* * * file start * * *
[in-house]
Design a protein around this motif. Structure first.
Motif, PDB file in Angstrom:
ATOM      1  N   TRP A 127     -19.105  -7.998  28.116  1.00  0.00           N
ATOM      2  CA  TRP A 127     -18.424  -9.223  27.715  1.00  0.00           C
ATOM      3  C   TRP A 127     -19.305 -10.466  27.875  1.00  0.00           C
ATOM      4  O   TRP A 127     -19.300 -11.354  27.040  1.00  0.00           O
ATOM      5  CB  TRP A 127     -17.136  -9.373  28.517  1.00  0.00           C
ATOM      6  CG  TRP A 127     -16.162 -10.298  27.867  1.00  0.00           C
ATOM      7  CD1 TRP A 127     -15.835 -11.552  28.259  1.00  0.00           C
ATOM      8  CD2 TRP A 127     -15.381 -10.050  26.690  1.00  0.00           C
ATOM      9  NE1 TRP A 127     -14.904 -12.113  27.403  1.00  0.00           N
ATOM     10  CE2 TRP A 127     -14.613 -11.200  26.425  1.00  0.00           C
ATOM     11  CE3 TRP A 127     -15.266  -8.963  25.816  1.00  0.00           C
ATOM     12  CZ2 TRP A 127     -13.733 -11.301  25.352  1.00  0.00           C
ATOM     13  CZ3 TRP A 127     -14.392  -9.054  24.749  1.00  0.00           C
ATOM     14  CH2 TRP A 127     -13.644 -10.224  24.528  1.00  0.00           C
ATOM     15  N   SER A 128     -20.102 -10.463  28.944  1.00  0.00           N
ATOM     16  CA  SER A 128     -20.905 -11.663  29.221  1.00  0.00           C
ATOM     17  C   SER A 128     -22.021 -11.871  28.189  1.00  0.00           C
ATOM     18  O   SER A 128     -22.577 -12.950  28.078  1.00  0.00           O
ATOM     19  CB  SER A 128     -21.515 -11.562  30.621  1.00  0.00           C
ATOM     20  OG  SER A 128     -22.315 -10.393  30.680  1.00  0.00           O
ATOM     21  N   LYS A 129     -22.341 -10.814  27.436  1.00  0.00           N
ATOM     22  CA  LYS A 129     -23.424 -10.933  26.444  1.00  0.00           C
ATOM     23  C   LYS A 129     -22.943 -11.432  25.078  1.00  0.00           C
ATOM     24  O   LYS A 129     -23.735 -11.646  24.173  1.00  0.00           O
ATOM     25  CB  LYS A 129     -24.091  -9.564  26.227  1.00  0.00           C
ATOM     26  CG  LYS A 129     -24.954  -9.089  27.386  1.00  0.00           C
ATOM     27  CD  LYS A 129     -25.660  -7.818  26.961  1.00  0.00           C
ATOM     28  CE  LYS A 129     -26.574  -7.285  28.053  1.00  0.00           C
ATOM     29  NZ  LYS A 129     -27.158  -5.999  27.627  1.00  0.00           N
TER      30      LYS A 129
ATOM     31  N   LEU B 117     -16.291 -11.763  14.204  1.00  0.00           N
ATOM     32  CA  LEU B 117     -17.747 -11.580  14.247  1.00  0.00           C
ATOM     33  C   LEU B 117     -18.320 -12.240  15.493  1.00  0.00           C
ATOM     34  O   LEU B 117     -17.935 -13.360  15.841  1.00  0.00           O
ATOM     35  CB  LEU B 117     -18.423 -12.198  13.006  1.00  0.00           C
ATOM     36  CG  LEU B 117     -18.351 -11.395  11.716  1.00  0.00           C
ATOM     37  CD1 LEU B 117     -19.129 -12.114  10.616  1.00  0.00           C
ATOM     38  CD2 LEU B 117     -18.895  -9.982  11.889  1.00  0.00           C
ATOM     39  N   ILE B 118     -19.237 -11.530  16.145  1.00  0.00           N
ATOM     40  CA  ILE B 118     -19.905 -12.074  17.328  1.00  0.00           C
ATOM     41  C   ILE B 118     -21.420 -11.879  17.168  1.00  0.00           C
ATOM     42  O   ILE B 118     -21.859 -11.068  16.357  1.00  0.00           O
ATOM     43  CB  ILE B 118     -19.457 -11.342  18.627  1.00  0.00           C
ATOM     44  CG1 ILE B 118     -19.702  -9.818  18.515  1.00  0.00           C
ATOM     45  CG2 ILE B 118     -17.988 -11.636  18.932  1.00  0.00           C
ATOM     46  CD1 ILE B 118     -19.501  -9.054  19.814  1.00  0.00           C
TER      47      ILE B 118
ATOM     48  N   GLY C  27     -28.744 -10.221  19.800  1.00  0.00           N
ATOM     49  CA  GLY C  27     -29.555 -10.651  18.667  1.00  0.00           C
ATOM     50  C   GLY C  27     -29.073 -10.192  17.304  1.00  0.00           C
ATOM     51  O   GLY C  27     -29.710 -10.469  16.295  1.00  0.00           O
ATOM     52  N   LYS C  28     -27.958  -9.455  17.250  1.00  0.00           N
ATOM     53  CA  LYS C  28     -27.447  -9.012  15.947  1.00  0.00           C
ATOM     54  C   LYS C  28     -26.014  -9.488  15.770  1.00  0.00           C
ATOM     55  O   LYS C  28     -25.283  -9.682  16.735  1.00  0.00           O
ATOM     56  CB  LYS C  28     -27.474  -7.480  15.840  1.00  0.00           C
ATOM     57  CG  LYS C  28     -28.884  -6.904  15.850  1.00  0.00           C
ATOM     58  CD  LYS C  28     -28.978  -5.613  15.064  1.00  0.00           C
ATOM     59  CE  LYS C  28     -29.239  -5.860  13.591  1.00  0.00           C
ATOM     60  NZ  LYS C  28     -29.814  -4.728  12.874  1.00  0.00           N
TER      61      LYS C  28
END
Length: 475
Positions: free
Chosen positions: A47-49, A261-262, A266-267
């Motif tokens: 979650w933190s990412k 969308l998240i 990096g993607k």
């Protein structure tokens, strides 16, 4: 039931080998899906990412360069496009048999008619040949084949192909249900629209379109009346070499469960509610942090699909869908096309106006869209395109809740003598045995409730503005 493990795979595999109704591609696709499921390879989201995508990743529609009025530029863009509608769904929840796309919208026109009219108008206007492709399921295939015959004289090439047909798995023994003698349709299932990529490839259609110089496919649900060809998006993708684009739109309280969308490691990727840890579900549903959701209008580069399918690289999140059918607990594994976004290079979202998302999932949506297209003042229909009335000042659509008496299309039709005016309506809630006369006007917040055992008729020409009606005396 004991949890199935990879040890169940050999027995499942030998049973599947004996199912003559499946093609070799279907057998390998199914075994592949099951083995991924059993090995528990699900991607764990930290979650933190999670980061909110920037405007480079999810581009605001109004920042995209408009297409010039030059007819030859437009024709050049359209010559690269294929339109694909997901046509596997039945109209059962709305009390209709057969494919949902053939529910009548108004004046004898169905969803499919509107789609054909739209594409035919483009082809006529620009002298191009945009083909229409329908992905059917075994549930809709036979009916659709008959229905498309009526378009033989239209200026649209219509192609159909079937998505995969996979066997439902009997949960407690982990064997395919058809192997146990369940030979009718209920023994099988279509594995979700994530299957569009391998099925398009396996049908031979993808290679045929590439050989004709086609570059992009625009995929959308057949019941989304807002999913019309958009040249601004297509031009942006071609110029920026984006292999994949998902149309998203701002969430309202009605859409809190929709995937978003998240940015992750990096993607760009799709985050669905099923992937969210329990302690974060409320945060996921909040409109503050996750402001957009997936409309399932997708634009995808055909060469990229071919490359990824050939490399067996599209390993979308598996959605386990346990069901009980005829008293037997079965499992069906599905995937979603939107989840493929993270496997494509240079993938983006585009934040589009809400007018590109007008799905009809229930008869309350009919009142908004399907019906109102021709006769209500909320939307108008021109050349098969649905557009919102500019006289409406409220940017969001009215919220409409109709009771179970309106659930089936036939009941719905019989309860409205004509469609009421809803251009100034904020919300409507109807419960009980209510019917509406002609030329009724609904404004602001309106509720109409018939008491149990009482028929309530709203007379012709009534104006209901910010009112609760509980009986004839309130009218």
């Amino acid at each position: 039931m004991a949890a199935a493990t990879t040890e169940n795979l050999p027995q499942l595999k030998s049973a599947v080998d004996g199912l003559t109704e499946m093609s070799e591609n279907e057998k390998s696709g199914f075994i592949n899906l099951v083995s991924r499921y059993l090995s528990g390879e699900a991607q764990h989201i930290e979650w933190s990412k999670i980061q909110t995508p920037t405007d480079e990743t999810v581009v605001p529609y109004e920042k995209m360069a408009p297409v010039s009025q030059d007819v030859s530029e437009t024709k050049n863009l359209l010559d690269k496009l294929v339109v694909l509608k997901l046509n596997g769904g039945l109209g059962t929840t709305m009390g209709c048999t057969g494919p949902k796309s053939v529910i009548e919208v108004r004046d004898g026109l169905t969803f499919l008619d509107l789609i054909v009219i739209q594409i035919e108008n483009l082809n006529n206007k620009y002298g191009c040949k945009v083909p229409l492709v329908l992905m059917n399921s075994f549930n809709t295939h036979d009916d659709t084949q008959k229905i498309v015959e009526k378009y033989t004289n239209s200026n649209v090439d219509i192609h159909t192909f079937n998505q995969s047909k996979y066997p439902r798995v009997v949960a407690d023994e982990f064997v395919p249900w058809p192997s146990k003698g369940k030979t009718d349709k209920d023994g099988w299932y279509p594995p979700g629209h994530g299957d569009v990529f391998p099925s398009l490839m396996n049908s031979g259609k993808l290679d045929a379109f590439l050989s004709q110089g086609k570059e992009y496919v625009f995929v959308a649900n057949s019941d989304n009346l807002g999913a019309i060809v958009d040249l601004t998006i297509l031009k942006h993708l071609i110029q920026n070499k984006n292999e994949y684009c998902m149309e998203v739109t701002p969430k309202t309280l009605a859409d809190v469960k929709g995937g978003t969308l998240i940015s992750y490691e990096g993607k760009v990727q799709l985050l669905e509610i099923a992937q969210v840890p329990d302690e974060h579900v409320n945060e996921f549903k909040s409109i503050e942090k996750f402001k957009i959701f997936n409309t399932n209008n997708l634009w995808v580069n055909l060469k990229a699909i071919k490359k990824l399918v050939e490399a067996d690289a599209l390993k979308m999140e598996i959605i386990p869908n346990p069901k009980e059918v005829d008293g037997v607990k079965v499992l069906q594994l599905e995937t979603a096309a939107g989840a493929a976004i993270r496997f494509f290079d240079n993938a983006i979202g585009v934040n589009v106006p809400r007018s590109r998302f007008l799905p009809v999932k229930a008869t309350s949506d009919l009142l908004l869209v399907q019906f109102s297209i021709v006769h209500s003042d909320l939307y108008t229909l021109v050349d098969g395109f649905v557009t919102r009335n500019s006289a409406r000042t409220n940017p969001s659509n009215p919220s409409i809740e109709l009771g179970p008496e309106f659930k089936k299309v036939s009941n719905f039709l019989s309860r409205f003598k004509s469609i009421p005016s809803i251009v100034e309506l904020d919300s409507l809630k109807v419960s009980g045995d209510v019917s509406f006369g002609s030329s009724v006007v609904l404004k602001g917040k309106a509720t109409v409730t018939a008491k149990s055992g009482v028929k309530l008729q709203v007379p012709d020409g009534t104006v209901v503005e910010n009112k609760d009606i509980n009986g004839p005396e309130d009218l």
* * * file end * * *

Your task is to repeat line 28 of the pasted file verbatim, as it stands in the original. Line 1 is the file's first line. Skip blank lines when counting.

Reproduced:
ATOM     25  CB  LYS A 129     -24.091  -9.564  26.227  1.00  0.00           C